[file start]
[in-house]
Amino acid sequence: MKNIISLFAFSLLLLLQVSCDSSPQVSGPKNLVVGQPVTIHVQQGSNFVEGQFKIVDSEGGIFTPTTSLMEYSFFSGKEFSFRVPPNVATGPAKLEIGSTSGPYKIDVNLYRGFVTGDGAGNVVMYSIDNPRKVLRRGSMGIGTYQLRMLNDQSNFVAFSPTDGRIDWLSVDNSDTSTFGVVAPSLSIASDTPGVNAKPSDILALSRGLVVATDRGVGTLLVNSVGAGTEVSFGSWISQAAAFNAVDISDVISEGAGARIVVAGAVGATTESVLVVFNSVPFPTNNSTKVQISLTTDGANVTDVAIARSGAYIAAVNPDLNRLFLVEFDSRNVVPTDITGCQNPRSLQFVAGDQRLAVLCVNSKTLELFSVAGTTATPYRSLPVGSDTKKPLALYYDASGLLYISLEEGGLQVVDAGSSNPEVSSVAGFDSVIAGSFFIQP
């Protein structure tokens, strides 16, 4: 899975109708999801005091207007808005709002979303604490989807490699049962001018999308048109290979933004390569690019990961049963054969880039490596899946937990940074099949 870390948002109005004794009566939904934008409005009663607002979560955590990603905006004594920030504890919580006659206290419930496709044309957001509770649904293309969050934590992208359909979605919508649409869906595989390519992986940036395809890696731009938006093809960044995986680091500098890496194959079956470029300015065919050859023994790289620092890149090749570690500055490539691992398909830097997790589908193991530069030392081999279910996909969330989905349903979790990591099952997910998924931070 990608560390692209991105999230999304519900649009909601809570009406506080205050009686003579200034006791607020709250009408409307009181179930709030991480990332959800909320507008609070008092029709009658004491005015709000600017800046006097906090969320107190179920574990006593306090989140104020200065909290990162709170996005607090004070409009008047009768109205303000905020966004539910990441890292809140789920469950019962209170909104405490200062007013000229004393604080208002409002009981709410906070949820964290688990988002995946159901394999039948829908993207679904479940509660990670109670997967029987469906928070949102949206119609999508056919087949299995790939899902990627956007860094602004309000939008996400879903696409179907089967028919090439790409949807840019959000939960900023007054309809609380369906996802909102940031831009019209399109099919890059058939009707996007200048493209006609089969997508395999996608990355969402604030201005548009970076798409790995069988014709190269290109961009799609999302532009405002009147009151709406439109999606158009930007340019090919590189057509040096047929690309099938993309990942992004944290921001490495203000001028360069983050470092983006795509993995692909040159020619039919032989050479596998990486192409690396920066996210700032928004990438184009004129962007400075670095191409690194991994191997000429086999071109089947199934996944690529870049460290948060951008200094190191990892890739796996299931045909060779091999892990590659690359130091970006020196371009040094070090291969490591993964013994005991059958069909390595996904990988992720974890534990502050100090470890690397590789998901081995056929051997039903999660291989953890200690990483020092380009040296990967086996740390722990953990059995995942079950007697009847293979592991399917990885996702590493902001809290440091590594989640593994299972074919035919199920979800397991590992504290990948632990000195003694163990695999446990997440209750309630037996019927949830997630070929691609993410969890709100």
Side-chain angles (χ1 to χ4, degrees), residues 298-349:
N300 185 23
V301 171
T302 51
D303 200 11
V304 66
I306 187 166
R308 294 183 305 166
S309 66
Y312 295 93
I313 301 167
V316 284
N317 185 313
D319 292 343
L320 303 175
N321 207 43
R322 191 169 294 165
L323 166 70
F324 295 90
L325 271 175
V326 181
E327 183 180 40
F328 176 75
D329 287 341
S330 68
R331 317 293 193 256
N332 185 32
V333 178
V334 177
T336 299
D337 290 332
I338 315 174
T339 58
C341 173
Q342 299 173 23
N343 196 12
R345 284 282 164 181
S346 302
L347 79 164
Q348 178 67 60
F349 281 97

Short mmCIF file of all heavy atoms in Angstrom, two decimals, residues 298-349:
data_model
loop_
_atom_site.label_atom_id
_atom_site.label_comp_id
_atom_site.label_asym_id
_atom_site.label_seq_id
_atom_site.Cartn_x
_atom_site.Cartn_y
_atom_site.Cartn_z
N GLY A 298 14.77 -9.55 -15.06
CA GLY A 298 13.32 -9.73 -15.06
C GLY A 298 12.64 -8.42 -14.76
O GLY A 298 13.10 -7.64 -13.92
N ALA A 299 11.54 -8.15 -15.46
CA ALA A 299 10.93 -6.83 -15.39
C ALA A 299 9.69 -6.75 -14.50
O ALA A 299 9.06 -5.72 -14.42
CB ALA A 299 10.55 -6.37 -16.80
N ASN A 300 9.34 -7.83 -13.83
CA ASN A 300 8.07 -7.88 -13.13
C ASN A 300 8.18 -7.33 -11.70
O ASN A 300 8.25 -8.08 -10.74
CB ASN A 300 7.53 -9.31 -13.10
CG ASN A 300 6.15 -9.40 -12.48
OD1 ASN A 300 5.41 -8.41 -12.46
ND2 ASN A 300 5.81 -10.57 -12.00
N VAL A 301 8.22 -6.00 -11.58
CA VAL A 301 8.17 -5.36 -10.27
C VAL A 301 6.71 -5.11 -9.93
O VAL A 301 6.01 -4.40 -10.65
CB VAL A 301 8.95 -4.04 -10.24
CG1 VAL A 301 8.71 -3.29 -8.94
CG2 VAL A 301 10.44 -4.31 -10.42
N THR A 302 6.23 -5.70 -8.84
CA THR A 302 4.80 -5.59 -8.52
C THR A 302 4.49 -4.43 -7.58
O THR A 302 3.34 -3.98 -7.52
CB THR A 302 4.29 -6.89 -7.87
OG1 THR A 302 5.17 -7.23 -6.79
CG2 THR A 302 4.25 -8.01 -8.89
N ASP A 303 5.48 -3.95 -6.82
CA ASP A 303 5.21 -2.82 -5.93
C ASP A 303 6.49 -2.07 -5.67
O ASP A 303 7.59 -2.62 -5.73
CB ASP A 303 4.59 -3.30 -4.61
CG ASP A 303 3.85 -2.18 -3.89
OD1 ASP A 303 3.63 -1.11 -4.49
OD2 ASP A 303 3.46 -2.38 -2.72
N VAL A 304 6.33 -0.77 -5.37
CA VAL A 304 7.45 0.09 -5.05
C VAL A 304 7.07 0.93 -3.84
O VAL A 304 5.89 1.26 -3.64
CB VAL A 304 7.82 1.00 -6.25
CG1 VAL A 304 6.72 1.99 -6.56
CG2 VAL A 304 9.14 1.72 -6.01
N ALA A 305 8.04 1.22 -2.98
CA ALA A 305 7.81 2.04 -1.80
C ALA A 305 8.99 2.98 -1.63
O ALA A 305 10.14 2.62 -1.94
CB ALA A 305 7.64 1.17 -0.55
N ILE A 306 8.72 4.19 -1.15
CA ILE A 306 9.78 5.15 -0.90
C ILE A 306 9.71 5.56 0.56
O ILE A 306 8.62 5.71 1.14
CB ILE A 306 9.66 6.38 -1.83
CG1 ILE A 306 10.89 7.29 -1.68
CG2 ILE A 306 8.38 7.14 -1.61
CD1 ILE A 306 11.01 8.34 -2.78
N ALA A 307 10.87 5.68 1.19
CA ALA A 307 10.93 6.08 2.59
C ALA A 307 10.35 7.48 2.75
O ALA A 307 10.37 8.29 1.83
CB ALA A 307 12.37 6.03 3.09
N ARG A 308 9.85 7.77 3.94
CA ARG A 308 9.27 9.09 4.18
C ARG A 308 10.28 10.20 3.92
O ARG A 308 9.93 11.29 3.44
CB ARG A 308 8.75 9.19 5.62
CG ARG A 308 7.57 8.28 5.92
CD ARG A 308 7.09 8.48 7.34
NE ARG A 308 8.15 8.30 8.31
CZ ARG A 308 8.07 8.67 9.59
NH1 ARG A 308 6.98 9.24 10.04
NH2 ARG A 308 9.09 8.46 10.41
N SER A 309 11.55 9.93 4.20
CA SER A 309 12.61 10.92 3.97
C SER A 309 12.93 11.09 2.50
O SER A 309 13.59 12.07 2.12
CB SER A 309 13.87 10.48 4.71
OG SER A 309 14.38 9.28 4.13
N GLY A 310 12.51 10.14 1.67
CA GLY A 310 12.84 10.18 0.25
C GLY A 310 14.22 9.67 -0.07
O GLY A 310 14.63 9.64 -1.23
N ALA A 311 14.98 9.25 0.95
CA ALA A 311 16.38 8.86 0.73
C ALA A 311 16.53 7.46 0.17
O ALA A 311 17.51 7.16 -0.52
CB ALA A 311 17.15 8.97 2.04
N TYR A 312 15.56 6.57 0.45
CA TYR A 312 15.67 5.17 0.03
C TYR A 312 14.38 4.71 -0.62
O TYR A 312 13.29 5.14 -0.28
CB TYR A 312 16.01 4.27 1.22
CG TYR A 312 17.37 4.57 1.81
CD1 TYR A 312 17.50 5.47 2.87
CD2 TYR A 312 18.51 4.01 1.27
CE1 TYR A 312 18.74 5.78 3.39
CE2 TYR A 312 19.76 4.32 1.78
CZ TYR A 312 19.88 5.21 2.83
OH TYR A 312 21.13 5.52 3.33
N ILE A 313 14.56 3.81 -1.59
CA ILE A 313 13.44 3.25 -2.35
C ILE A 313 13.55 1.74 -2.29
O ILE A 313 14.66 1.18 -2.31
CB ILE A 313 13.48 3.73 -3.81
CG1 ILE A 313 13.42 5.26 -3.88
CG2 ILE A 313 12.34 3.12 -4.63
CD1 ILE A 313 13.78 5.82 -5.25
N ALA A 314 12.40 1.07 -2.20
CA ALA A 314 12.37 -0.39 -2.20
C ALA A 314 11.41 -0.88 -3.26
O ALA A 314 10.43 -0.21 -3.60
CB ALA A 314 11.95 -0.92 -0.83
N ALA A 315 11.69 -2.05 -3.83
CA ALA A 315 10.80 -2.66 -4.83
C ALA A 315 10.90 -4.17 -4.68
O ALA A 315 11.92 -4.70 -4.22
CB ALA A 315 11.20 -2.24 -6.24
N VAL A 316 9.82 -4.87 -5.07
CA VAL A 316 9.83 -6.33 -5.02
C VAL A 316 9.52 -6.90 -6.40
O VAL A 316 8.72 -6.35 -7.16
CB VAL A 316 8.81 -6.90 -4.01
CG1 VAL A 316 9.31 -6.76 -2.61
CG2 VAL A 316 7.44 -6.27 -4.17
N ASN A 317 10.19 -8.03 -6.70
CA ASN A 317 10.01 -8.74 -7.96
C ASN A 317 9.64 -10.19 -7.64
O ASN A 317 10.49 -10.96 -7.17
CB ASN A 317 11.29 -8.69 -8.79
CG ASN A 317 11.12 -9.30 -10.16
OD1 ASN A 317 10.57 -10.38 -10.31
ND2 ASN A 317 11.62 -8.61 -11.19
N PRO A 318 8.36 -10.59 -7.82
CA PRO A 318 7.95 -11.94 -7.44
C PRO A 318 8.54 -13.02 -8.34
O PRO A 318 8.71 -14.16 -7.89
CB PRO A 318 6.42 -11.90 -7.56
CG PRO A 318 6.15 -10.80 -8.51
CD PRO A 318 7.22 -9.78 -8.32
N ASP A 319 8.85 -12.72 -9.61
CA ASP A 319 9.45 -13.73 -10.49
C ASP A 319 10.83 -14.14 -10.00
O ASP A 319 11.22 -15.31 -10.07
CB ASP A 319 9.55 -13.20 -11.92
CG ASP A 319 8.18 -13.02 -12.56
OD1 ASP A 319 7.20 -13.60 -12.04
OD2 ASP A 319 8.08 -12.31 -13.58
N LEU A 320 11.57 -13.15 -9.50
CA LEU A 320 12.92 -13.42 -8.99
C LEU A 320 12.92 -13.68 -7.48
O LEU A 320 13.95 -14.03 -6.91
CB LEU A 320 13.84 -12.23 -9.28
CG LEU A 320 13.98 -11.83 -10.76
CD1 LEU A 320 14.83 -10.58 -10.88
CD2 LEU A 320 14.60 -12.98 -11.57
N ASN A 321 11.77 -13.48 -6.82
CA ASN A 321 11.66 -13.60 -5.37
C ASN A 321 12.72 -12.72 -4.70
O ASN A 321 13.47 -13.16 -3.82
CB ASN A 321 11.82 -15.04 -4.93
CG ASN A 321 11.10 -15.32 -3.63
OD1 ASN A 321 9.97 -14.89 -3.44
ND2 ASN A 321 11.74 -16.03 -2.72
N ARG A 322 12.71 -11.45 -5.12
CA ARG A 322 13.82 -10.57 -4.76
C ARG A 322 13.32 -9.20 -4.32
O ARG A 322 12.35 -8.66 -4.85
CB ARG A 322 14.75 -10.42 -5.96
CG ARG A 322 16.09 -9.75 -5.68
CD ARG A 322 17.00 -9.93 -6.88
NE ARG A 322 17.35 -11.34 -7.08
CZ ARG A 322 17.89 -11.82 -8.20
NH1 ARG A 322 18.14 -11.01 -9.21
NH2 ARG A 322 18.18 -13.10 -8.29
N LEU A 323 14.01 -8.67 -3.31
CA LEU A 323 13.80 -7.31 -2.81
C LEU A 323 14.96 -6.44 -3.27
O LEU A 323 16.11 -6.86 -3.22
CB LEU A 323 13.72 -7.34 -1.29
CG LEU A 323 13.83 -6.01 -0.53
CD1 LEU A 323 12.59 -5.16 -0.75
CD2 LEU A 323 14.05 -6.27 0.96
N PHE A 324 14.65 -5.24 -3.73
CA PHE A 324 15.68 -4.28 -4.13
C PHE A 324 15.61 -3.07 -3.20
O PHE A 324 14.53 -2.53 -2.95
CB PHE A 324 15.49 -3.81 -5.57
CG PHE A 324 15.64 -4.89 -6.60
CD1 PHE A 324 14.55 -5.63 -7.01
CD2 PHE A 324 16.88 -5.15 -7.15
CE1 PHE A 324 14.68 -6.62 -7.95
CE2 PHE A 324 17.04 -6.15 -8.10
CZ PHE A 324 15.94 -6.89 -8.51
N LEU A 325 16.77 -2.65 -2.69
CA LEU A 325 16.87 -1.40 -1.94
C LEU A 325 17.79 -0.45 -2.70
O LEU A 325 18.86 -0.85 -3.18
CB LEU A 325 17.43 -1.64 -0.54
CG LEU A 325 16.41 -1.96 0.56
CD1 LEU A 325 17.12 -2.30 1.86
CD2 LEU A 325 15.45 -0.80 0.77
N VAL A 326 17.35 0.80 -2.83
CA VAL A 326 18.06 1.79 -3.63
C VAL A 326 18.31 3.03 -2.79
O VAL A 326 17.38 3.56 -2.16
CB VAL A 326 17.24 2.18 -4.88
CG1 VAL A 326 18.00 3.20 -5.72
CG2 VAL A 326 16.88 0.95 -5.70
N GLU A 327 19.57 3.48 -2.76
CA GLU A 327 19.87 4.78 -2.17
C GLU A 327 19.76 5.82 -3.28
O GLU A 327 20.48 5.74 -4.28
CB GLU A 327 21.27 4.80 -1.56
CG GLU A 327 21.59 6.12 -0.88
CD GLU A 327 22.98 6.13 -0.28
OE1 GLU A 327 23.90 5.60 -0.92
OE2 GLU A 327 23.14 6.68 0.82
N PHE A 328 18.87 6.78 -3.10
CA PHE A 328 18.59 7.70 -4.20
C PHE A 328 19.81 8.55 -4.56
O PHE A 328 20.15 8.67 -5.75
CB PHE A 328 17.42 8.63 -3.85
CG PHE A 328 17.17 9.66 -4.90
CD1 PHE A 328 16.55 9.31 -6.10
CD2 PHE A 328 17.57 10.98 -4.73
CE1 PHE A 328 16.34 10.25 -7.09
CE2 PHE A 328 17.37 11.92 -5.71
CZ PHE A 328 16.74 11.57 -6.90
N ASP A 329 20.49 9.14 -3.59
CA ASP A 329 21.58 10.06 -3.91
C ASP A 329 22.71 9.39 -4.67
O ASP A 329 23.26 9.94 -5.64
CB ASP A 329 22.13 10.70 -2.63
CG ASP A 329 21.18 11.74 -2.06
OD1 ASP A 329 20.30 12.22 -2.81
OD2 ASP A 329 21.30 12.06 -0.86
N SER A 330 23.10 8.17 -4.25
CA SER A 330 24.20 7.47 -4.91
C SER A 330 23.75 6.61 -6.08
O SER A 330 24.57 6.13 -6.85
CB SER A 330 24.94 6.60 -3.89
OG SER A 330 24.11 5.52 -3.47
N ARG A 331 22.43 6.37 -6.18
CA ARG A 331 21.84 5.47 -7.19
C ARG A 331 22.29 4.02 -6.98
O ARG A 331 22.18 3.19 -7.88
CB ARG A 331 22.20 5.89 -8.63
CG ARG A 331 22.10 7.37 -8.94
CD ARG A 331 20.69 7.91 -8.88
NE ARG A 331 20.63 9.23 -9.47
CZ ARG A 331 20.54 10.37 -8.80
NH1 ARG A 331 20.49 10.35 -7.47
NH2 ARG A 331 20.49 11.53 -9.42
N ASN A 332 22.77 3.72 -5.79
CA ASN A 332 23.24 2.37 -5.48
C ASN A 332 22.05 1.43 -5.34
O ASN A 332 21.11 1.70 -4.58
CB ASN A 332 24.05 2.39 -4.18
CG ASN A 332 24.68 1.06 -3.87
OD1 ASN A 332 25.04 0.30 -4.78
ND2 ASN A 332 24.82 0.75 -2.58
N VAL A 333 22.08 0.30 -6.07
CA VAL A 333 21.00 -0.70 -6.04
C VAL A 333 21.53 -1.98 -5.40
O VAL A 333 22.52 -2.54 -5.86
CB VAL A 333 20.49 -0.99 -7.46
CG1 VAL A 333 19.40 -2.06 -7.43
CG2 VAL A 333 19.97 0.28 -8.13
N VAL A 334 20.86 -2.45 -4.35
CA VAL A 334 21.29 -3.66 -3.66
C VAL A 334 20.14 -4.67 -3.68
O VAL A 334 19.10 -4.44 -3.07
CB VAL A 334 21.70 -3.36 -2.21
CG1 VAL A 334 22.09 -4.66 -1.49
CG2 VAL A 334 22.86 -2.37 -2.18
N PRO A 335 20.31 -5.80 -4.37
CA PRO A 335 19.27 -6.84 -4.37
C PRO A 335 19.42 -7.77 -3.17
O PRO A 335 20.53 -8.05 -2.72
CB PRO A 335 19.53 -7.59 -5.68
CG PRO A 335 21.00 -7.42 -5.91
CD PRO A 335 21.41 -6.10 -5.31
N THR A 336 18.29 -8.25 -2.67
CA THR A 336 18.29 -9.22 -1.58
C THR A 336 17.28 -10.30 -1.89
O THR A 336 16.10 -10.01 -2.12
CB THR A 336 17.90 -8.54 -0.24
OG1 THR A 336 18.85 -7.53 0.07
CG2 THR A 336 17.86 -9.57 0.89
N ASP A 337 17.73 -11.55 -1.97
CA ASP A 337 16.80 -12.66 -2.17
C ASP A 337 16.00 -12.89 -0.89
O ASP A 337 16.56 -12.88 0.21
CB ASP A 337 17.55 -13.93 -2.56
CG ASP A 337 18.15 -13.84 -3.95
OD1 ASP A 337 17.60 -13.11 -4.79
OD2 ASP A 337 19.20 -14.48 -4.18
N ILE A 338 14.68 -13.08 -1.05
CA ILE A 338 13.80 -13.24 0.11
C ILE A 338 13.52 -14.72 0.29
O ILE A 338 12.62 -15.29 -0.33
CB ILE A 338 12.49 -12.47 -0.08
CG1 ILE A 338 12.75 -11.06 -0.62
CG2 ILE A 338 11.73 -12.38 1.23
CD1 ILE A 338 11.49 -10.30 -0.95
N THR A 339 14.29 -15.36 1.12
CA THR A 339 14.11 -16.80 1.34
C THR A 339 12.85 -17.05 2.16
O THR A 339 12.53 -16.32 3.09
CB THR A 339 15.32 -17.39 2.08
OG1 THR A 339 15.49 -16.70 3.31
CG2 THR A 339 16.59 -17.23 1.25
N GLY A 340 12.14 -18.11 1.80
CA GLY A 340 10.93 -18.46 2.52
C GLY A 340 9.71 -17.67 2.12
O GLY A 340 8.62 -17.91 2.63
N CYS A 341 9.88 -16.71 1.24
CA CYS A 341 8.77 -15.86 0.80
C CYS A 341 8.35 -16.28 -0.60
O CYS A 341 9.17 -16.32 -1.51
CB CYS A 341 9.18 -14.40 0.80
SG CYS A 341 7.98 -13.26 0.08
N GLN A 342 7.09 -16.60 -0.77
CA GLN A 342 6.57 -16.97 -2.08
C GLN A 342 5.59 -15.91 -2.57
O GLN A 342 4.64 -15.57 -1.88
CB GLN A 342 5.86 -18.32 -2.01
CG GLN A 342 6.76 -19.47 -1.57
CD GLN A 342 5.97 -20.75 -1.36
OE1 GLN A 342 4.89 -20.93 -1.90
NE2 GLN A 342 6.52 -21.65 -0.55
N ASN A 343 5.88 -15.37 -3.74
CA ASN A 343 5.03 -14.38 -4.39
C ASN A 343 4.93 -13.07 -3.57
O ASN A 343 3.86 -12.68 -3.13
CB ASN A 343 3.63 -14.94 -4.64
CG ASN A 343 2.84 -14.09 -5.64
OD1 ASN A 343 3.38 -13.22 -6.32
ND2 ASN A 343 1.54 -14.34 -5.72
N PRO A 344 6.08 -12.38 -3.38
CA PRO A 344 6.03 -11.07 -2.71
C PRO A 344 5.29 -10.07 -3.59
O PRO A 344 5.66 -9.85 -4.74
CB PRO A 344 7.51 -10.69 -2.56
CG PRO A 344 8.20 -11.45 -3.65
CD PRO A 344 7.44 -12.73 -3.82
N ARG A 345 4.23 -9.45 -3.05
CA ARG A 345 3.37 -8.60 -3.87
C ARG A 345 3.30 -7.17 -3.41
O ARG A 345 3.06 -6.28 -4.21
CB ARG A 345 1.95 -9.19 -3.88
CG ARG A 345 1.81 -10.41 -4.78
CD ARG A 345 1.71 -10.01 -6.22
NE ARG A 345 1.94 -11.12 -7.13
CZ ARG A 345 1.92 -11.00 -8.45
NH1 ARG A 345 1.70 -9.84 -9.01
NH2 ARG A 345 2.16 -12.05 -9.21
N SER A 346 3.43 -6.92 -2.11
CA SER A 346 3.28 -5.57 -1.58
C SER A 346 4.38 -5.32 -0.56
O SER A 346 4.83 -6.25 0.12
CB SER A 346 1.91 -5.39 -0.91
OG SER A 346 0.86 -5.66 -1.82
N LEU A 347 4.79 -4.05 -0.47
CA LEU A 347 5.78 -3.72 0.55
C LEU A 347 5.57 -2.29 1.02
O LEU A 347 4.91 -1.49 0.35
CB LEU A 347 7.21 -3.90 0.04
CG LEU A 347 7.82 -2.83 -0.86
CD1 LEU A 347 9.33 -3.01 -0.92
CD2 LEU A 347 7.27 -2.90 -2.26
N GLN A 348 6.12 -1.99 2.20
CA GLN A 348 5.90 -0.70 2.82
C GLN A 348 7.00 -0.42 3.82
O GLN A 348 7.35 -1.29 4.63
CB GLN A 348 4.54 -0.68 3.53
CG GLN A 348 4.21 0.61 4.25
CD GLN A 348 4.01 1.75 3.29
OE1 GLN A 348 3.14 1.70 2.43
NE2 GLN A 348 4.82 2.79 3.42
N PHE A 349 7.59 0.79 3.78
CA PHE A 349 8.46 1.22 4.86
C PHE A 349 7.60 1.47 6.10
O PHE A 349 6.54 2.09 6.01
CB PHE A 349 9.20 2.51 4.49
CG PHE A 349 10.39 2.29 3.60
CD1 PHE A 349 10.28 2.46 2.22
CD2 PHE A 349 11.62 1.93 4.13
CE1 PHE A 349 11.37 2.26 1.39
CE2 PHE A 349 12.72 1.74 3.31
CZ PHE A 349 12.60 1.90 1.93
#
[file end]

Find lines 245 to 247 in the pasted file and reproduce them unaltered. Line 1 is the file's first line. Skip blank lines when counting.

CG PHE A 324 15.64 -4.89 -6.60
CD1 PHE A 324 14.55 -5.63 -7.01
CD2 PHE A 324 16.88 -5.15 -7.15